Little India around the Globe
India is an ethnic enclave containing a large population of
Indian people within a society where the majority of people
are not Indian’ - Wikipedia.On
the Global Little India section, we feature Little India in
Singapore, London (England) and Canada. You may also be interested
in the Little India in America Section
Donald' Of Gerrard Street
Navani arrived in 1972, paid $35,000 for a small unit
next door to the Naaz Theatre and turned it into the
Indian Record Shop. He boasts of having been open every
day for the past 35 years.
the beginning, says Navani, 58, "There were four
of us Naaz, a grocery store, a travel agent,
a restaurant and me. It was a pretty run-down area."
was rife in the early days, he adds. "Every second
day our front glass was broken. Every weekend there
were fights with young white thugs beating up people
with hockey sticks, saying, 'Paki go home.'"
not only endured but prospered, buying and selling 40
storefronts on the strip, prompting an Indian magazine
to dub him the "Donald Trump of Gerrard St."
record store was appraised at $1.2 million a few years
India: Six blocks, many stories
Aug 25, 2007
Prithi Yelaja, Staff Reporter, Toronto
Veronica Mal recalls, as a young girl, making the one-hour
trek by TTC with her mother and sister from their home in
Scarborough to Little India on Gerrard St. E., where one of
the first stops was to pick up a lemony Limca soda.
The strip of mom-and-pop businesses – restaurants, paan stands,
grocery and sari shops – was reminiscent of New Delhi, from
which her family emigrated in 1983.
"It reminded me of the hustle and bustle of a market
back home. As soon as you stepped out of the 506 streetcar,
you'd smell the barbecued corn, you'd hear the ghazuls and
Bollywood pop songs blaring from the shops, and your mouth
would start watering for mithai (sweets) and pani puri (a
savoury snack)," says Mal, 29.
That nostalgia is what drew Mal back to the neighbourhood
where she lives today. For a chef specializing in Indian fusion
cuisine, it's also handy to shop in the nearby desi stores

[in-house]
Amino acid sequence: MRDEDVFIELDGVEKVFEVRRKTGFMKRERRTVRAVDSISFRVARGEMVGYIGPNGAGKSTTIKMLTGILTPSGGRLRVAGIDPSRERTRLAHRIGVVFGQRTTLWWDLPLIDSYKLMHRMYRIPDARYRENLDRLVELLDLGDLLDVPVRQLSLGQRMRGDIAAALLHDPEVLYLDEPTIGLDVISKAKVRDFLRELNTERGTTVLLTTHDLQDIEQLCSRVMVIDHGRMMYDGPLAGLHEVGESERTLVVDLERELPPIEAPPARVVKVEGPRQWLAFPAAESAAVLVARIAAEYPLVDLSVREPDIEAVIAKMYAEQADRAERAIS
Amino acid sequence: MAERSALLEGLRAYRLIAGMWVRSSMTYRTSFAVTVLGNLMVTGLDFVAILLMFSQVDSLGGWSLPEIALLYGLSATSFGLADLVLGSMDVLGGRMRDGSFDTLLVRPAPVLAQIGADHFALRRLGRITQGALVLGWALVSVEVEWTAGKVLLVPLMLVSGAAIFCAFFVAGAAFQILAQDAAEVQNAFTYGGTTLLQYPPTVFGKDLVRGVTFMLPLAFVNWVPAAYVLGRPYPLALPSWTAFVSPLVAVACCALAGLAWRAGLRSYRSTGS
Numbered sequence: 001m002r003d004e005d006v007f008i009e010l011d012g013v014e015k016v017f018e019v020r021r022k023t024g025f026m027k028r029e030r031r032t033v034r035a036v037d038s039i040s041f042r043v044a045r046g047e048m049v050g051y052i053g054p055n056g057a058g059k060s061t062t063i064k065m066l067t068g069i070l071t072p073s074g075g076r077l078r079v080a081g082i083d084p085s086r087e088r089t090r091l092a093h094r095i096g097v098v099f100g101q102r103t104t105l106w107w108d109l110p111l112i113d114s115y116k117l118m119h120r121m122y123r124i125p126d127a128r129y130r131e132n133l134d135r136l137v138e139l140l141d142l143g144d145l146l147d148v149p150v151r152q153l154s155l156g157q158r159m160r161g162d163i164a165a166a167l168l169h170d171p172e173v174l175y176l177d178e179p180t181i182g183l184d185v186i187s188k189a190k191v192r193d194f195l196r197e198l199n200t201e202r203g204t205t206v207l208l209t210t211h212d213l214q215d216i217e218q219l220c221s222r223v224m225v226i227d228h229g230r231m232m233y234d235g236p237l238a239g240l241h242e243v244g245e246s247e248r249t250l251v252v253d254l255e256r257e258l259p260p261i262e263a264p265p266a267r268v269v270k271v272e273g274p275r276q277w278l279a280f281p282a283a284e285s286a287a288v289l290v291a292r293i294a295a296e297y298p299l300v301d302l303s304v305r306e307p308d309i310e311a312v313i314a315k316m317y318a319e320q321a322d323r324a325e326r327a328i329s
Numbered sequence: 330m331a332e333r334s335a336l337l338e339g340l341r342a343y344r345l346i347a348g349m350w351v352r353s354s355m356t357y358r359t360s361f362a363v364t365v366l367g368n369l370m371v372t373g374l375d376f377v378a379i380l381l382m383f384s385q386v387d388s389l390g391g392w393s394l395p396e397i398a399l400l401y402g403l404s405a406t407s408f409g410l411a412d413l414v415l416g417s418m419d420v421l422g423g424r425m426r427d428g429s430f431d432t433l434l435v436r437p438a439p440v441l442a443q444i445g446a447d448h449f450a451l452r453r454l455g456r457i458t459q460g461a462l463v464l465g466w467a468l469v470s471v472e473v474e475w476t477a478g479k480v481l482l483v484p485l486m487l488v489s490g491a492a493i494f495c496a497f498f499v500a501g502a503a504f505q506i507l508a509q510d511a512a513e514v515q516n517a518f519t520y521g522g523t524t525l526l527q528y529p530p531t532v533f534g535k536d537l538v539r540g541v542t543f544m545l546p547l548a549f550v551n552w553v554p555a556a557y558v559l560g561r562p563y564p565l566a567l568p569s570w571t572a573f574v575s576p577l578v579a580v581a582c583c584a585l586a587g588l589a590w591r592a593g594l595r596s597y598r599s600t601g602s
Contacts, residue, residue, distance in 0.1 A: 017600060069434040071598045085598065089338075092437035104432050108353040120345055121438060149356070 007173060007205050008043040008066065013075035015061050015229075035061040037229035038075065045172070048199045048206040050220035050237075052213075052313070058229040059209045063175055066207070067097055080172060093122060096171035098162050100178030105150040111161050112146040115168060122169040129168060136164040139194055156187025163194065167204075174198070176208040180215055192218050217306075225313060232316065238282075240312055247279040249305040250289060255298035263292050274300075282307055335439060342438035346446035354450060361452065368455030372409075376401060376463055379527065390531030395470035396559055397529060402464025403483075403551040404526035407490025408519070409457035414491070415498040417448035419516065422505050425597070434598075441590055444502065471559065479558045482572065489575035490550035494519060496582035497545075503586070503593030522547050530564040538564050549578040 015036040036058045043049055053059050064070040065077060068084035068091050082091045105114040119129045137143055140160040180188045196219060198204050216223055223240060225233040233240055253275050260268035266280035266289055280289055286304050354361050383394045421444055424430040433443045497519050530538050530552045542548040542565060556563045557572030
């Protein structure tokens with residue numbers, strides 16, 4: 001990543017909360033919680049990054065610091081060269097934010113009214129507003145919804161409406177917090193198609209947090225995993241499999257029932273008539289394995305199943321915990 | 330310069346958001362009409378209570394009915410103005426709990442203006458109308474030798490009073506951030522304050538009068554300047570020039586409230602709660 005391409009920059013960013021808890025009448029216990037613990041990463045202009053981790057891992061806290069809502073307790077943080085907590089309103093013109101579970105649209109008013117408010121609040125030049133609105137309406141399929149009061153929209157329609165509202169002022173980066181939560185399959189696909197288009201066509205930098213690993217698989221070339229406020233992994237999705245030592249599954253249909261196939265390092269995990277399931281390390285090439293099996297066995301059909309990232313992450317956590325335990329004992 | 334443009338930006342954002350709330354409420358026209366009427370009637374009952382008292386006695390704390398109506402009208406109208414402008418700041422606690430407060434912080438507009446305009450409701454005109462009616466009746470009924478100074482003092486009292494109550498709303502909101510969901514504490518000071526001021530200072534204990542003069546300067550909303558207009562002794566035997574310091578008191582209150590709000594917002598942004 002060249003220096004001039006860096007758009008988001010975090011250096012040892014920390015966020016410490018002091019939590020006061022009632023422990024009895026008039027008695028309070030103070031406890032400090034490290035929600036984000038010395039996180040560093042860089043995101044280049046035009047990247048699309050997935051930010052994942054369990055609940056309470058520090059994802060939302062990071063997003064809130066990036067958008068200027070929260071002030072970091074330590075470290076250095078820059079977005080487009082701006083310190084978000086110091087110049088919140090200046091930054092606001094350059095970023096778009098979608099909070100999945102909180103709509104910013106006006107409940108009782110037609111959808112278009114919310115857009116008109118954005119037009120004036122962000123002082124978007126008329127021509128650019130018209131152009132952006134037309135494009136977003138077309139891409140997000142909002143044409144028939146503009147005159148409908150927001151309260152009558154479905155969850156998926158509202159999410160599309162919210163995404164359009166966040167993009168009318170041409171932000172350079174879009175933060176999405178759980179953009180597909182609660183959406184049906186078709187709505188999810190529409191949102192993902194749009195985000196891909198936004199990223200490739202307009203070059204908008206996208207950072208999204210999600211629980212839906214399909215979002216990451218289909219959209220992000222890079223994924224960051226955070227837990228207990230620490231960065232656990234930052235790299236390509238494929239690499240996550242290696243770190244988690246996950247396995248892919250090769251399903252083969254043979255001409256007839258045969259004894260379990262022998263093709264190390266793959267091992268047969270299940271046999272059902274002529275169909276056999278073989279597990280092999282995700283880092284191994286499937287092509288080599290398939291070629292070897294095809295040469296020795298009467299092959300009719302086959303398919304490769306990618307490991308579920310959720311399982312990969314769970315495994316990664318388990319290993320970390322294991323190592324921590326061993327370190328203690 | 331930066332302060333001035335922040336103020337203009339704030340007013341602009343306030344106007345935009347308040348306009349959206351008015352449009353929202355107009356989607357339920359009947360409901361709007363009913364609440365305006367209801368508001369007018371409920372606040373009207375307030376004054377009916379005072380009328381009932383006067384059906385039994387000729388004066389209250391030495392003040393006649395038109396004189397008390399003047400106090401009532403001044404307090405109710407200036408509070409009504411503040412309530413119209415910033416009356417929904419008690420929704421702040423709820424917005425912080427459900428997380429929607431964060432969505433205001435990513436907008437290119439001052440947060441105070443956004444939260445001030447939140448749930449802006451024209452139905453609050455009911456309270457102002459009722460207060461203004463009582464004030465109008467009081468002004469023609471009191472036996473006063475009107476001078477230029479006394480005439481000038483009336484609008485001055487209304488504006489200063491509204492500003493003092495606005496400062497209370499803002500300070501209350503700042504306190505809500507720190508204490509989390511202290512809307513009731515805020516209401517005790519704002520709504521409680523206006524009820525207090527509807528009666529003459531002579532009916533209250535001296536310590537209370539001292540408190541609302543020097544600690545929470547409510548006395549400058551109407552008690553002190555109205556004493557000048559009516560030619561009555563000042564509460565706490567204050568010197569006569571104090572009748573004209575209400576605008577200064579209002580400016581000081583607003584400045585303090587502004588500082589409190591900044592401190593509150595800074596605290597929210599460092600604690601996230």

for fresh produce and spices.
Hers is one of more than a dozen stories incorporated into
an audio and contemporary visual art exhibit – Big Stories,
Little India – that opens today in storefronts along the street
and runs through Sept. 8.
"As the first neighbourhood for the community, it seems
to play an important role in people's memories of growing
up South Asian in Toronto," says Haema Sivanesan, executive
director of the South Asian Visual Artists Collective.
"It seems to be known worldwide as this unique neighbourhood.
I'm from Australia, where there's no street like this though
there's a sizable South Asian population – and they've heard
of Gerrard Street!"
The exhibit includes an audio documentary of dozens of neighbourhood
stories, in the voices of the residents themselves. Visitors
can dial their cellphones to listen to the stories in the
very spot they were recorded, to get a sense of the milieu
being described, says Gabe Sawhney, co-creator of [murmur],
which has done similar projects in other parts of Toronto
as well as Montreal, Vancouver, Calgary, Dublin, San Jose
Spanning six blocks between Coxwell and Greenwood Aves. and
crammed with 200 shops, Little India got its start in 1971
with the opening of the Naaz Theatre, which showed Bollywood
"At that time there were no videos or DVDs, so there
was always a big crowd at the theatre," recalls Hansa
Patel, who has worked at the public library in Little India
As part of the exhibit, artist Zaheed Mawani shot a super-8
documentary featuring 15 shopkeepers, some here since the
beginning and others, such as Abida Rafiq, who are more recent
Rafiq is among a handful of merchants who also live on the
strip – with her husband and two children in a cramped second-floor
apartment. There, she runs her Sidra Tailor shop, fashioning
salvaar kameez and sari blouses.
"We like it here because it's like living back home.
We see our own people and get our own food," says Rafiq,
43, who immigrated to Toronto in 2003.
Artist Ambereen Siddiqui took three long-exposure photographs
through the window of Rafiq's shop at night "because
that's when the street really comes alive."
Her photos will be displayed in the old Naaz theatre's poster
Born in Toronto, Siddiqui moved to Pakistan with her family
at age 3, but spent summers with relatives here. Visiting
Little India was always a highlight, she says.
Poring through city archives, Siddiqui found a group of shopkeepers
petitioned city council to rename that part of Gerrard St.
Mahatma Gandhi Way in 1988. Their request was voted down,
she says. "Some of the letters against were fairly racist
– `They should go back to their own country,' that kind of
Artists each had their own take on the area. New York-based
Brendan Fernandes designed a postcard of the street inviting
people to mail in their memories of Little India. Rashmi Varma
designed a "kitschy" window display at Sonu Saree
Palace, a longtime shop.
Still formally known as the Gerrard-India Bazaar, the strip
has expanded culturally over the years to include shopkeepers
from Sri Lanka, Bangladesh and Pakistan.
Visits from South Asians who live in the U.S. have dwindled
since 9/11, and the rising Canadian dollar has also kept them
away. Competition from suburban South Asian malls in Brampton,
Mississauga and Scarborough further reduced the number of
Ashok Navani, who has run the Indian Record Shop here since
1972, shrugs off talk of Little India's imminent demise.
"This street will never die. My old customers' kids
have grown up and bring their kids here now."
Though he could comfortably retire, he has no plans to do
so, even though music downloading has cut into business sharply.
"It's become a habit. I come every day to open the store,
have chai and chat with my friends," Navani says. "I
can't live without my street. I'm addicted. It's in my blood.